9 Reasons to Choose Nice as Your Next Romantic Vacation Destination
Nice will conquer you at first sight if you dream of sun, sea, and beaches. Thanks to its perfect location on the Cote d'Azur, Nice attracts celebrities, bored millionaires in search of beautiful and single women for marriage, as well as thousands and thousands of tourists looking to join the atmosphere of luxury, and a never-ending party inherent in this extraordinary city. Below are nine reasons why you should grab your special someone, pack your bags, and book a ticket to Nice.
Nice will conquer you at first sight if you dream of sun, sea, and beaches. Thanks to its perfect location on the Cote d'Azur, Nice attracts celebrities, bored millionaires in search of beautiful and single women for marriage, as well as thousands and thousands of tourists looking to join the atmosphere of luxury and a never-ending party inherent in this extraordinary city. Below are nine reasons why you should grab your special someone, pack your bags, and book a ticket to Nice.
View From the Water
Like any coastal city, Nice looks best from the water. To catch the mood, character, and style of the city, you should take a boat trip. From the sea, it’s way easier to see all the beauty of the city’s monuments, squares, streets, shadowy corners, and layers upon layers of architectural styles.
Some spots of the city are trying to perplex tourists, showing them the same charming views, albeit from different angles, mockingly raising the eyebrows of their high facades. Nice keeps you in suspense all the time, making you wonder if you’re not lost. Don’t even think about renting a car–it’s very impractical here, to say the least. Just walk on foot, enjoying the air, smells, and sounds of alleys and streets.
The facade of Caserne Rusca on Place du Palais resembles the works of Italian painter Giorgio de Chirico who was close to surrealism. He once wrote, “Now the new air has penetrated into my soul, the sounds of new songs caress my ears, and the whole world seems completely changed.” Aren’t we looking for a change when going on a trip?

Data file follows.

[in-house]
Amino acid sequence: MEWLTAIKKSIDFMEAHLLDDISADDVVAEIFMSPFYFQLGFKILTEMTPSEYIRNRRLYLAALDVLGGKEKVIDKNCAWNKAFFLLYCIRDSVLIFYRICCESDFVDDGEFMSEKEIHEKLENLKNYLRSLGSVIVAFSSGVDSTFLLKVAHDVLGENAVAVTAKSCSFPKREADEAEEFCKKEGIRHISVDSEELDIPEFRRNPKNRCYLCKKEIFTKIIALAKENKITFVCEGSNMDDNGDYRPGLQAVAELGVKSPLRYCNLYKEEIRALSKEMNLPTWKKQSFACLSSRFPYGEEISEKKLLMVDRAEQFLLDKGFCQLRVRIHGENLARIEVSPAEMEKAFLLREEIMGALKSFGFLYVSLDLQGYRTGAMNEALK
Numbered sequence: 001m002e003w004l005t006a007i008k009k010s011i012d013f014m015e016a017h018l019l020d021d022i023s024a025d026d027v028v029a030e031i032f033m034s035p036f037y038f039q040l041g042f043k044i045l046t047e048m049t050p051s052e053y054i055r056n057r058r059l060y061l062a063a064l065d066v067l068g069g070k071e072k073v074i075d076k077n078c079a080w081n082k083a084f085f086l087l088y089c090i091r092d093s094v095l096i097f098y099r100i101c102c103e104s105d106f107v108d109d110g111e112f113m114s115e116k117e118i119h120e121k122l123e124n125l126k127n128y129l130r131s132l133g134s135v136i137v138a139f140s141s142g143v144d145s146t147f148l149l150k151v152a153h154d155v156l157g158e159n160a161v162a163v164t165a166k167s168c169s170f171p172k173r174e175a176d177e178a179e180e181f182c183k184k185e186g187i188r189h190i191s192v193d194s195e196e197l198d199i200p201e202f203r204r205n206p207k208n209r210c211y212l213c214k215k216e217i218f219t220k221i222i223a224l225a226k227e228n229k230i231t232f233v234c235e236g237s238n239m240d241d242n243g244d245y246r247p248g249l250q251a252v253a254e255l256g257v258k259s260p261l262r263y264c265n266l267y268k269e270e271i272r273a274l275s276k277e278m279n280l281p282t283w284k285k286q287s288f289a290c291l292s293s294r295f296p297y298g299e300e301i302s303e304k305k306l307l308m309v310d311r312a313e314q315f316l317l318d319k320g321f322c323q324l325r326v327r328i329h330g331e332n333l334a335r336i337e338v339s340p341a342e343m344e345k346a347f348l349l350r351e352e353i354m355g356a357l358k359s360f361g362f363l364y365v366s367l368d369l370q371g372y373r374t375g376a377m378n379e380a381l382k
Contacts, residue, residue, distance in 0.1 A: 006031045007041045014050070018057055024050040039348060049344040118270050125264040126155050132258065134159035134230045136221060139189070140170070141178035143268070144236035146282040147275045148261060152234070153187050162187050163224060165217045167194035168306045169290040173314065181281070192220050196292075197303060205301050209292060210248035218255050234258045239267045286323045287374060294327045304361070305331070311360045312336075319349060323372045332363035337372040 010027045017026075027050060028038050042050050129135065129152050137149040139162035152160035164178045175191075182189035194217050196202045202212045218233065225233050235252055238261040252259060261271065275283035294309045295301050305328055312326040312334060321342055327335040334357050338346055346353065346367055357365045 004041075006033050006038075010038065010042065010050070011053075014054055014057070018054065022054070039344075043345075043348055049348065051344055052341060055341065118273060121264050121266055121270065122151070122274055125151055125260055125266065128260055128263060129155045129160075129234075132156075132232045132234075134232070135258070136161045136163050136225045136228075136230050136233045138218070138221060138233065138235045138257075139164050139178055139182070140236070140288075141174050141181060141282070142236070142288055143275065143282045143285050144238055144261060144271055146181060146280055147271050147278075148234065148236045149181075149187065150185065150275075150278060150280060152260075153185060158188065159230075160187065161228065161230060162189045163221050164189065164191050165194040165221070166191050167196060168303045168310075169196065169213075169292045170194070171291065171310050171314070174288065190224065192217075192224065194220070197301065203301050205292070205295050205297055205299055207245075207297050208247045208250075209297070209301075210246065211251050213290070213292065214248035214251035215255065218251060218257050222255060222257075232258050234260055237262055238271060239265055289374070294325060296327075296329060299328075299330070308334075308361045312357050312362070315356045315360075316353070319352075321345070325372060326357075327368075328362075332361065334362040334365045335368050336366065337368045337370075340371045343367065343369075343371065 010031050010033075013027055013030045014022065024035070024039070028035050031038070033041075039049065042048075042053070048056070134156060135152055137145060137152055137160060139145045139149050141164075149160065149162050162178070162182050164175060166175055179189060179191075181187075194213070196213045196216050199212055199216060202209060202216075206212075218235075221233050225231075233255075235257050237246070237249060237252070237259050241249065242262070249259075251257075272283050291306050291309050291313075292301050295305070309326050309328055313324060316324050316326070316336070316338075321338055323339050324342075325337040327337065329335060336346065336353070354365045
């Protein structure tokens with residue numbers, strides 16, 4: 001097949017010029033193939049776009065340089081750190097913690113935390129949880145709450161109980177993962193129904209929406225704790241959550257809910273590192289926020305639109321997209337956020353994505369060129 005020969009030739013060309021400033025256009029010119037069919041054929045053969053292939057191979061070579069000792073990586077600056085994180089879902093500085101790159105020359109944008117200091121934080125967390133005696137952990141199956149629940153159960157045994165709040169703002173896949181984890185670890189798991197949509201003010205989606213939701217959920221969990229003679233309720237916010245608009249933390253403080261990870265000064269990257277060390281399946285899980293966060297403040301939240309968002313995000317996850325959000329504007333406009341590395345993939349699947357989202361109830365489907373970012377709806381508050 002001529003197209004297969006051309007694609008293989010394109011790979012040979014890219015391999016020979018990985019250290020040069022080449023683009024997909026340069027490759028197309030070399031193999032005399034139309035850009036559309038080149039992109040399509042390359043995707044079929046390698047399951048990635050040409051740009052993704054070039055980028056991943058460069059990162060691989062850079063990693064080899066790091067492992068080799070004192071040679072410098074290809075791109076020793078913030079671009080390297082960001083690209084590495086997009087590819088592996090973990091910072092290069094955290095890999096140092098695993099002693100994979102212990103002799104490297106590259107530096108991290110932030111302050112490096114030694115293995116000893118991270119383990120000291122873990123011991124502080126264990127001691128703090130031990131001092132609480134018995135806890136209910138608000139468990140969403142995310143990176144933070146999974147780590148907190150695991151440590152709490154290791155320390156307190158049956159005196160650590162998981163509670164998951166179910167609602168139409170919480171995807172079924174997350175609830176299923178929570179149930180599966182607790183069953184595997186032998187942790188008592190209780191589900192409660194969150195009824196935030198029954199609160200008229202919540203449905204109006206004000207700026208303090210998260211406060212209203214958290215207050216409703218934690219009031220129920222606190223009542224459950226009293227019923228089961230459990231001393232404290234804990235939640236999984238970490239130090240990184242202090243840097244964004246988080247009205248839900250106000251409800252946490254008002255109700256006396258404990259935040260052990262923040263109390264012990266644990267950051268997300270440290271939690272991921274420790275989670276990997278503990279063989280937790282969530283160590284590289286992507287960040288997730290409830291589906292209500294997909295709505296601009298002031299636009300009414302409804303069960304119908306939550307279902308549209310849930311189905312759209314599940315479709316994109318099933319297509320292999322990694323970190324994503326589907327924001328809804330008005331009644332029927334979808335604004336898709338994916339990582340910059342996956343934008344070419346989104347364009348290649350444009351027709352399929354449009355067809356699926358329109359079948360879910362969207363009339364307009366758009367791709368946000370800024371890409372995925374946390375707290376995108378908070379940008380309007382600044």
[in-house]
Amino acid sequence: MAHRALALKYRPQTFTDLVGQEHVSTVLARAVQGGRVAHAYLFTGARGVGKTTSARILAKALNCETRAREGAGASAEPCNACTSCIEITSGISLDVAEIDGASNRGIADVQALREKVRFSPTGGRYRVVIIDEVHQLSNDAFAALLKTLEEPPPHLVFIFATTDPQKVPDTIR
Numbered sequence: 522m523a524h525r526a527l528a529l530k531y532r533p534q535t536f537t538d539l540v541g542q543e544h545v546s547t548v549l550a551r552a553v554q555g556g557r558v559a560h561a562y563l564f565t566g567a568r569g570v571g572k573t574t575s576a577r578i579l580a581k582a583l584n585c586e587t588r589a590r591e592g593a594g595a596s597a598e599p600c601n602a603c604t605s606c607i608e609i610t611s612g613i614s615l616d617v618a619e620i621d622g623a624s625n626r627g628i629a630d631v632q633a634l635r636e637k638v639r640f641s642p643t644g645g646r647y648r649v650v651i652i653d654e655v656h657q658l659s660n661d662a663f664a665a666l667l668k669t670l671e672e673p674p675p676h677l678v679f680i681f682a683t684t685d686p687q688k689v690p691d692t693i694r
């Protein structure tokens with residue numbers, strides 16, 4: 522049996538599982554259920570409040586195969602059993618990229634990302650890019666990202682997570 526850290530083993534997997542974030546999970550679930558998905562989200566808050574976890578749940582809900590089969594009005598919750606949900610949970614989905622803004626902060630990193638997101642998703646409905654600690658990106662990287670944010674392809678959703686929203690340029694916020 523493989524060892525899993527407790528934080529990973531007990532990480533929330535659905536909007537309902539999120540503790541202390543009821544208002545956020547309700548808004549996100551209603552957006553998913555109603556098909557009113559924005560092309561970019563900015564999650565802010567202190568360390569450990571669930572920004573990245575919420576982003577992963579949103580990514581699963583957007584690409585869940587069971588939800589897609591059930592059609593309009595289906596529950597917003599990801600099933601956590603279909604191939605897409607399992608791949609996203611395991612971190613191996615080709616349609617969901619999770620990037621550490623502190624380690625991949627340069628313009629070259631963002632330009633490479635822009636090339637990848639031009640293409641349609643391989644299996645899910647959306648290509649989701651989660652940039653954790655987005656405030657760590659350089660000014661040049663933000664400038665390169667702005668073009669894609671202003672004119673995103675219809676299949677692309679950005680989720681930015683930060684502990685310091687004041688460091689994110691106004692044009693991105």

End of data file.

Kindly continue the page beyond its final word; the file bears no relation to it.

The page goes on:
“When I realized that after I wake up, I would see this light again, I could hardly believe my happiness,” wrote Henri Matisse who had spent almost 40 years of his life in Nice. On the way to the 17th-century Genoese villa where his works and personal belongings are exhibited (his rocking chair for example), you’ll pass by the Regina Hotel where the artist spent his last years.
An excellent recommendation by Matisse–“Nice, work, pleasure”–perfectly describes the lifestyle of a Dane by birth, but the faithful son of Cote d'Azur by heart–Peter Larsen. The artist became famous for working with color and rhythm. In his style, the breath of Nice is felt almost physically. Larsen's works are kept in private collections and museums around the world.
Every city, be it Paris, New York, London, or Moscow, has its own gastronomic language. So does Nice, the cuisine of which is based on an abundance of fresh produce, especially vegetables. The best place to try beef stew a la niçoise, or stuffed zucchini flowers is the tiny restaurant called La Merenda. There’s no phone here, credit cards are not accepted, guests are sitting on tiny stools, elbow to elbow, and the toilet is so small that one has to squeeze into it sideways. But the traditional French dishes prepared by Dominique Le Stank, the owner of two Michelin stars, are arguably the best you can find in this city.
Look into Space
Black holes, neutron stars, galactic archeology, and solar activity–all this isn’t that far from the daily lives of people living in Nice thanks to the Cote d'Azur Observatory, which not only allows you to look deep into the Galaxy, but also impresses with its eclectic-style building.
The Smell of Citrus
In neighboring Menton, an impressive annual festival of sweet and thin-skinned lemons is held. They’re just as juicy as Mexican lemons, clementines, tangerines, kumquats, and other citrus fruits growing on the surrounding farms.
La Dolce Vita
Perhaps a drop of Italian blood would help you understand the daily routine of the Promenade des Anglais. Italian bricklayers, bakers, cab drivers, and dockers went to Nice in the 19th century, following the rich Russians, Poles, and Armenians, and the international soup that has been brewing there since hasn’t cooled down so far. Take your time to just sit back on a bench and watch the Promenade des Anglais living its own life.